Changing places and ways of working
To that end, while virtual meetings may not be everyone’s cup of tea, and they are far from real human interaction, there are undoubtedly benefits for leaders, both within and outside HR, to seize:
Most obviously perhaps, costs, both to employees and employers, of travel, office space, facilities, printing, cleaning, subsistence, etc can be dramatically reduced. Significant numbers of organisations are re-examining their property strategies with cost in mind. In a similar vein, location strategy is also important: if public transport must run below capacity and is perceived as ‘high risk’, will this accelerate an exodus out of cities – especially London – where office space and domestic real estate is both more affordable and (more safely) accessible?
Secondly, operating a more virtual workforce means that talent pools can expand, both domestically and internationally, with less reliance on physical presence. This in turn could create more diverse employee populations and bring undoubted benefits in terms of future capability and skills. I am hearing much discussion about potential and performance, and whether businesses do indeed have the right metrics in place to measure either of these. Should crisis response, communication, the ability to make decisions at extreme pace, virtual/remote leadership form part of our behavioural models moving forward – or are they short term requirements after all? Should we rip up the practices that went before and redesign them for a new post-Covid world?
Thirdly, organisations have had to learn to pivot – to switch direction unexpectedly, to turn to new business lines, automate service and create e-commerce solutions in order to survive in the near term. For some, it has enabled them to explore opportunities deemed too risky pre-Covid, but in a boom or bust scenario, often worth the leap of faith. Many executive teams have found themselves freer in their decision making, driven by the urgency and reality of dramatic revenue reductions. The role of the HR partner as coach and change agent will be critical as these same teams are now trying to work out how to retain some of this pace and greater appetite for risk as they move forward.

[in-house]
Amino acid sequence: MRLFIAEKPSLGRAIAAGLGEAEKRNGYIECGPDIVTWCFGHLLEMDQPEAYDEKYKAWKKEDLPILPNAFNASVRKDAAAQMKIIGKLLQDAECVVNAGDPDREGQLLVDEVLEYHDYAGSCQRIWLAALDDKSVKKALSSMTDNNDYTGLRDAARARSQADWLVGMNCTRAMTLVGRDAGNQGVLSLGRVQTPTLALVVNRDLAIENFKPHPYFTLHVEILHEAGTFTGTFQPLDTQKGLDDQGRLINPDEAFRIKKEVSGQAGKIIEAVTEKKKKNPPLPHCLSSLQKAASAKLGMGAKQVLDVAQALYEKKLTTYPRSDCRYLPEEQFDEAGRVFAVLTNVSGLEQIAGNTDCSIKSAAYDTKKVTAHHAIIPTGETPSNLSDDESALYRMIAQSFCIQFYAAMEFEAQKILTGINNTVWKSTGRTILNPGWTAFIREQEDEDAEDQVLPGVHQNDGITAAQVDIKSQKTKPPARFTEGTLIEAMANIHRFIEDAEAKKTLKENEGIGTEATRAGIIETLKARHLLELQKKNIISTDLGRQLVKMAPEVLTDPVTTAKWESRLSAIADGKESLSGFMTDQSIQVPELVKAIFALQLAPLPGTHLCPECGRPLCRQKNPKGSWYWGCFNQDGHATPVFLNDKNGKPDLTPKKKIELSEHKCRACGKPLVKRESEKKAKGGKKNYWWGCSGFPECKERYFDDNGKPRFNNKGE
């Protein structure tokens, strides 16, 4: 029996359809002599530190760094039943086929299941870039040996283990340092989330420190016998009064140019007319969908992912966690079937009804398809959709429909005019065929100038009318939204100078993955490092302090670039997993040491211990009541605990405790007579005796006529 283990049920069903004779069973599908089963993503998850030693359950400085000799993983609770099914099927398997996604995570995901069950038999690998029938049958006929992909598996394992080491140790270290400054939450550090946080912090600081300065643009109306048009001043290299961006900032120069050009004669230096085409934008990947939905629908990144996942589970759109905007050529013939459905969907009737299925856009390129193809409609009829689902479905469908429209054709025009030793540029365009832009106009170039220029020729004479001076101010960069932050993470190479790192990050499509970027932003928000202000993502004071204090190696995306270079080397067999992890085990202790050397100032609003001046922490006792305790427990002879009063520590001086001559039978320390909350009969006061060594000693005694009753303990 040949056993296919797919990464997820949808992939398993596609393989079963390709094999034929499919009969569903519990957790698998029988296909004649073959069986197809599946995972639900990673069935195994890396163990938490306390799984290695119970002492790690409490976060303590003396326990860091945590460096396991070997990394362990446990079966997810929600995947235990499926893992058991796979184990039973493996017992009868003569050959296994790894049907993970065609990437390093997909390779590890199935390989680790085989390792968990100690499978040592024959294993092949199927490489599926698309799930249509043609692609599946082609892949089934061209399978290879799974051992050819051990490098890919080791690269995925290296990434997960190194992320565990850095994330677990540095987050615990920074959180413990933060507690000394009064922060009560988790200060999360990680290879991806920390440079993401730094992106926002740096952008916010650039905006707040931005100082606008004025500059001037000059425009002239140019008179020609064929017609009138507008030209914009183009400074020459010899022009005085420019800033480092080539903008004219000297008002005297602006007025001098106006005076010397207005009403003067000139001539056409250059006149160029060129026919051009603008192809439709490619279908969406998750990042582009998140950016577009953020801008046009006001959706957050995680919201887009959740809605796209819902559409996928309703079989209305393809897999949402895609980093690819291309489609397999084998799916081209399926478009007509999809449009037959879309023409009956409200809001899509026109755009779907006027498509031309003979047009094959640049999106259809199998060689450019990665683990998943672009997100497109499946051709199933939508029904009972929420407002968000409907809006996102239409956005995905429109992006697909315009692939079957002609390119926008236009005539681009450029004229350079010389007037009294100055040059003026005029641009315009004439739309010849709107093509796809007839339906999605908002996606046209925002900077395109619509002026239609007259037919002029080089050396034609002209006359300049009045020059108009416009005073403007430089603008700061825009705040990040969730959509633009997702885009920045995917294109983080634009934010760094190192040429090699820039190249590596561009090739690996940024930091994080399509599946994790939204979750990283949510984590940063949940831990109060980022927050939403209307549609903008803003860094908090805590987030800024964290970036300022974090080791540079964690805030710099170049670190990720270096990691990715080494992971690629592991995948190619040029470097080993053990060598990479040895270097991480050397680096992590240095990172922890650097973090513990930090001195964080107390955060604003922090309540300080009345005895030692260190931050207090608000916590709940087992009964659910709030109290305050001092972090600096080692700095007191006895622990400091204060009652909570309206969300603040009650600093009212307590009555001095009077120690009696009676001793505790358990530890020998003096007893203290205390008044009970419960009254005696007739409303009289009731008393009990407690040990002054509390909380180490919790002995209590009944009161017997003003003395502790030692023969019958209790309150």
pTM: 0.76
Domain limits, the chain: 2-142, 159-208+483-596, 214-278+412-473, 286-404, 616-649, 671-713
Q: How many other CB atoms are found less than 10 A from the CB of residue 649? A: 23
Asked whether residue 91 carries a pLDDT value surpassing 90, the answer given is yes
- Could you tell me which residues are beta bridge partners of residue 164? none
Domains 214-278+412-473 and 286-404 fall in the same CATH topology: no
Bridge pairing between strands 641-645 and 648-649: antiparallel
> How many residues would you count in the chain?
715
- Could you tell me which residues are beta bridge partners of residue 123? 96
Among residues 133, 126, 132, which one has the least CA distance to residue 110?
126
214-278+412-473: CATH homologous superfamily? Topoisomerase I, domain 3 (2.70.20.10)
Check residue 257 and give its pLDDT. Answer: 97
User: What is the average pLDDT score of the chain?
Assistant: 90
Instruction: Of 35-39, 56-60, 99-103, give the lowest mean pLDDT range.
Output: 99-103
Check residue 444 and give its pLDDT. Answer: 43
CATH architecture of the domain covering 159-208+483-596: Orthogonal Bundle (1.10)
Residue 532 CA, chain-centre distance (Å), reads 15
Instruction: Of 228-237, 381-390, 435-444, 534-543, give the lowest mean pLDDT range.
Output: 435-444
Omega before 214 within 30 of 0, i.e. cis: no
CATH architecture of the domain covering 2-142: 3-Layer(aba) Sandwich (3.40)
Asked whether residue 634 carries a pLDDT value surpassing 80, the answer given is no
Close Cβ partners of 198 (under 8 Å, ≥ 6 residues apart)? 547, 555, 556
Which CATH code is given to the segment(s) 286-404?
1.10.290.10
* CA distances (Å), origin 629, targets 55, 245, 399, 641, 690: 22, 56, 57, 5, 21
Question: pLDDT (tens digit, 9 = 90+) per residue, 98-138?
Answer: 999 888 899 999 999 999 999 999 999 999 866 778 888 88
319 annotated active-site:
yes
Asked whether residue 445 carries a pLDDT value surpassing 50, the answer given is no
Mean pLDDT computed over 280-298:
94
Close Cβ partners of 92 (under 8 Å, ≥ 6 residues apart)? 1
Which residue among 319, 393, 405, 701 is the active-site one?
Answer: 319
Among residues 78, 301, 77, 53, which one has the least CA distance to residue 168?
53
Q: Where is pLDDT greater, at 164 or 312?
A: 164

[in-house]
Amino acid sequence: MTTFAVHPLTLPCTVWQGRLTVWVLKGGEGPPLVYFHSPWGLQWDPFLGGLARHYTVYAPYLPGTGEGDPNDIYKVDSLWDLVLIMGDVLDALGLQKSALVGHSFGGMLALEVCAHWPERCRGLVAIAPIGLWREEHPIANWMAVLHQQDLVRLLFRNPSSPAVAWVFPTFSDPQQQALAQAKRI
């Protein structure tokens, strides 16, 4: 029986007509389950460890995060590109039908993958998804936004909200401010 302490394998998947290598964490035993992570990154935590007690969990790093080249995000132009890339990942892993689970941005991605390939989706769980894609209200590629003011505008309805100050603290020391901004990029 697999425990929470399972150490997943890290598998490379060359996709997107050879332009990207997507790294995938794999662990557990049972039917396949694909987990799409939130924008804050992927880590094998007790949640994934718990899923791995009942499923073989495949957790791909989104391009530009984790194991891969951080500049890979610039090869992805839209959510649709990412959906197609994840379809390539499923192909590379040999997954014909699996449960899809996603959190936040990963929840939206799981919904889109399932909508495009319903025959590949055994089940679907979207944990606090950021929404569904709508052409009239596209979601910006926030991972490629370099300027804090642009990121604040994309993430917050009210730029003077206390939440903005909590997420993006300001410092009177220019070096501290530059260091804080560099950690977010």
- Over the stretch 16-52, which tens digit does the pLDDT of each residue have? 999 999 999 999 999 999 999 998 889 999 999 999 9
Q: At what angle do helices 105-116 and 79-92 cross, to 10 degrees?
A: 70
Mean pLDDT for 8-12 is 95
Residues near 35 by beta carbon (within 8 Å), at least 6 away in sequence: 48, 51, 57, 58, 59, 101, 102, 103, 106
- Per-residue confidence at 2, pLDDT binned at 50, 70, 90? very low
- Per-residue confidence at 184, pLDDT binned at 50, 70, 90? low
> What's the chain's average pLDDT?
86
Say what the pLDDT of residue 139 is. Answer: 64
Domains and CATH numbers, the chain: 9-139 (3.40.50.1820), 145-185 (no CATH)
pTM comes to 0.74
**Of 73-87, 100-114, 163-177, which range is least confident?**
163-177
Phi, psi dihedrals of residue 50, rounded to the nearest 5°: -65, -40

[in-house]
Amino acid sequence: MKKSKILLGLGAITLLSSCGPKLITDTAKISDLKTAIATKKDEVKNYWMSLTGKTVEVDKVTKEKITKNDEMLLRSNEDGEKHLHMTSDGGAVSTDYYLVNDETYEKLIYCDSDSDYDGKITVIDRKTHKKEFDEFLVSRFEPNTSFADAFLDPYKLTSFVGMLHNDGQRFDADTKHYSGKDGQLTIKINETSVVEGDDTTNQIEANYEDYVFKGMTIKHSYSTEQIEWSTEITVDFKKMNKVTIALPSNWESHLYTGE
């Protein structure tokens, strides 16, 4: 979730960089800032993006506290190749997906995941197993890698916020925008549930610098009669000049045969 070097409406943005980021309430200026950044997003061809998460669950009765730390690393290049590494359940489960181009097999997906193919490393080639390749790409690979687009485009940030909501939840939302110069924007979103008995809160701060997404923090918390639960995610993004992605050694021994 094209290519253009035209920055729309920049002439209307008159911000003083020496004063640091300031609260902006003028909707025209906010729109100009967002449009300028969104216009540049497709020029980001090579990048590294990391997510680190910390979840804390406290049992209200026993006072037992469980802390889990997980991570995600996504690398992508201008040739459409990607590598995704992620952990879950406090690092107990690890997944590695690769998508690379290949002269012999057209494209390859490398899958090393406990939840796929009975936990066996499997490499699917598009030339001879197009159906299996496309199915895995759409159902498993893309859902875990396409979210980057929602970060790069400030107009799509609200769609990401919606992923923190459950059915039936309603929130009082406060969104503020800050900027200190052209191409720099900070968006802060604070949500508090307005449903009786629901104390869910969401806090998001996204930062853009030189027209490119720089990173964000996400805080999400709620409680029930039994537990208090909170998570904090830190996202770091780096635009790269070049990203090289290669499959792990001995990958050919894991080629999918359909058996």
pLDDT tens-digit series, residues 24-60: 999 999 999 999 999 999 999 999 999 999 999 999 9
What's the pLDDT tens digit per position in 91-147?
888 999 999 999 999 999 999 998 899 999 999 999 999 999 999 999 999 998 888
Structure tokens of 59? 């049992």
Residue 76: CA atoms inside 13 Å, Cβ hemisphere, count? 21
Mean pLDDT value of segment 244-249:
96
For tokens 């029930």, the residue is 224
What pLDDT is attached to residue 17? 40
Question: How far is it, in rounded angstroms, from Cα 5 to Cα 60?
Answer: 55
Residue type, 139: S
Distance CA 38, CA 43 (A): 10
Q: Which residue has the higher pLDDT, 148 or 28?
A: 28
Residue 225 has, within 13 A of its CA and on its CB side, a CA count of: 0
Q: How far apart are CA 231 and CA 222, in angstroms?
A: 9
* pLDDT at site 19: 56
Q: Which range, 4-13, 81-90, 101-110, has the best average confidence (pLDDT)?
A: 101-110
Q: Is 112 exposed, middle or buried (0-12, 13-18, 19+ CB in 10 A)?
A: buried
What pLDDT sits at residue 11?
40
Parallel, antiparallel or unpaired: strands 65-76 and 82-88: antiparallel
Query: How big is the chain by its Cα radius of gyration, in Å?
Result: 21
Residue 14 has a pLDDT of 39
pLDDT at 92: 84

Community has also become a common thread for discussion: what role does the organisation really play in its local community, and what role do I play in mine? Am I willing to go back to being simply a ‘regular overnight guest’? As national lockdown eases and local ones become a reality, we must surely also consider our supply chains. Could Covid reinvigorate the UK’s manufacturing sector, bring previously offshored roles back onshore, and encourage people and businesses to buy local, even if that costs us more financially?
And what about the other behavioural benefits: in a virtual meeting we are less likely to be late (no traffic or waiting for a lift!), to have a side conversation, or to shift our focus away from the screen/speaker. We are allowing colleagues into our homes and virtually into our lives (although in my experience, it’s not kids, but cats, that interrupt the most) and it’s this intimacy, I suspect, that is leading to increased levels of engagement being reported, even in heavily impacted industries and amongst furloughed staff.